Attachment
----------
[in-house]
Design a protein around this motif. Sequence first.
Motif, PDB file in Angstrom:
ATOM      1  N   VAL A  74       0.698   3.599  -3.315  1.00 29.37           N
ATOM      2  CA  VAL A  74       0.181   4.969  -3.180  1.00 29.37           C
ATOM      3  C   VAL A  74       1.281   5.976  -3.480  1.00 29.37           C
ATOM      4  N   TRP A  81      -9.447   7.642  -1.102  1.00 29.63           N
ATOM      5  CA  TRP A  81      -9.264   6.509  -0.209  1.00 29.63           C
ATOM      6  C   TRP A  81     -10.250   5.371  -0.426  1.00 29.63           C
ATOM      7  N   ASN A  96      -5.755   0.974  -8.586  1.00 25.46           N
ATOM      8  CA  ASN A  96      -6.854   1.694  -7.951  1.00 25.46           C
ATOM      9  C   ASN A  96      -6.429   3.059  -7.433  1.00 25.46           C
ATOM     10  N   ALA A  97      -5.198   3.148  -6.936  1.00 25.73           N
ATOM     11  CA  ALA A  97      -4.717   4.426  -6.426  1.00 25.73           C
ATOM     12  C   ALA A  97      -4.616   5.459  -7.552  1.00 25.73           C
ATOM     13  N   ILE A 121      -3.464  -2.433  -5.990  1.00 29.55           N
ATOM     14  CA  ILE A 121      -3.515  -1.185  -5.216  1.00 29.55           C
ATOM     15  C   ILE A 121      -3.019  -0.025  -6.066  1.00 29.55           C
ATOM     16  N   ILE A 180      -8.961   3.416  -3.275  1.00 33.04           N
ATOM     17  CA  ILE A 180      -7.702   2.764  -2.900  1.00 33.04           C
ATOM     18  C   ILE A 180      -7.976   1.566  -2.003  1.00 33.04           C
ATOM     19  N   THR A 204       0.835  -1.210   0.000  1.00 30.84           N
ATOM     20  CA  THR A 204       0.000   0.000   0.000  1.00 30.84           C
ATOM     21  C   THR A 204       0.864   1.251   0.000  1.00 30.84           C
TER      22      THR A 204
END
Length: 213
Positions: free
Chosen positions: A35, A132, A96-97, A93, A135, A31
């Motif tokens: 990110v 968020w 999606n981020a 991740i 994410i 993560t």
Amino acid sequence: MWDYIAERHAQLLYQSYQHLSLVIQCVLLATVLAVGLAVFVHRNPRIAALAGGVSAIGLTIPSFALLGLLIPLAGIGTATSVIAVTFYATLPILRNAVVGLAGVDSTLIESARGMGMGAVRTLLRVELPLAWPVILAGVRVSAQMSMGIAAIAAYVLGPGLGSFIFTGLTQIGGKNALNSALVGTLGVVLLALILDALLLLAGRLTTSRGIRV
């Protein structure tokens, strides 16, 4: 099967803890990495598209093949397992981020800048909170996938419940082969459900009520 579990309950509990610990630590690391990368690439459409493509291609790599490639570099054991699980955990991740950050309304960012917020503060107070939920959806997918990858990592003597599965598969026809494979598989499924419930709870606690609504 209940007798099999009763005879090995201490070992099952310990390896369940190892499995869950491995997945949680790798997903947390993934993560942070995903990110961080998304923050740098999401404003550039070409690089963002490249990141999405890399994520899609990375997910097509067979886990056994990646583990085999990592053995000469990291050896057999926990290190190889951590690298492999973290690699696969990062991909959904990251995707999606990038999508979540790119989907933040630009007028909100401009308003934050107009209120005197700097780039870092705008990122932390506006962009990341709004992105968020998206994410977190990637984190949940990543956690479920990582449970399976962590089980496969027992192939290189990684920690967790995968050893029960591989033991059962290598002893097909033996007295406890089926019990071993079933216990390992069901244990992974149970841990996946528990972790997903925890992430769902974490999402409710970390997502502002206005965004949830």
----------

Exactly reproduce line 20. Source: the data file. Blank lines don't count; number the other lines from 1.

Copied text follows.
ATOM     17  CA  ILE A 180      -7.702   2.764  -2.900  1.00 33.04           C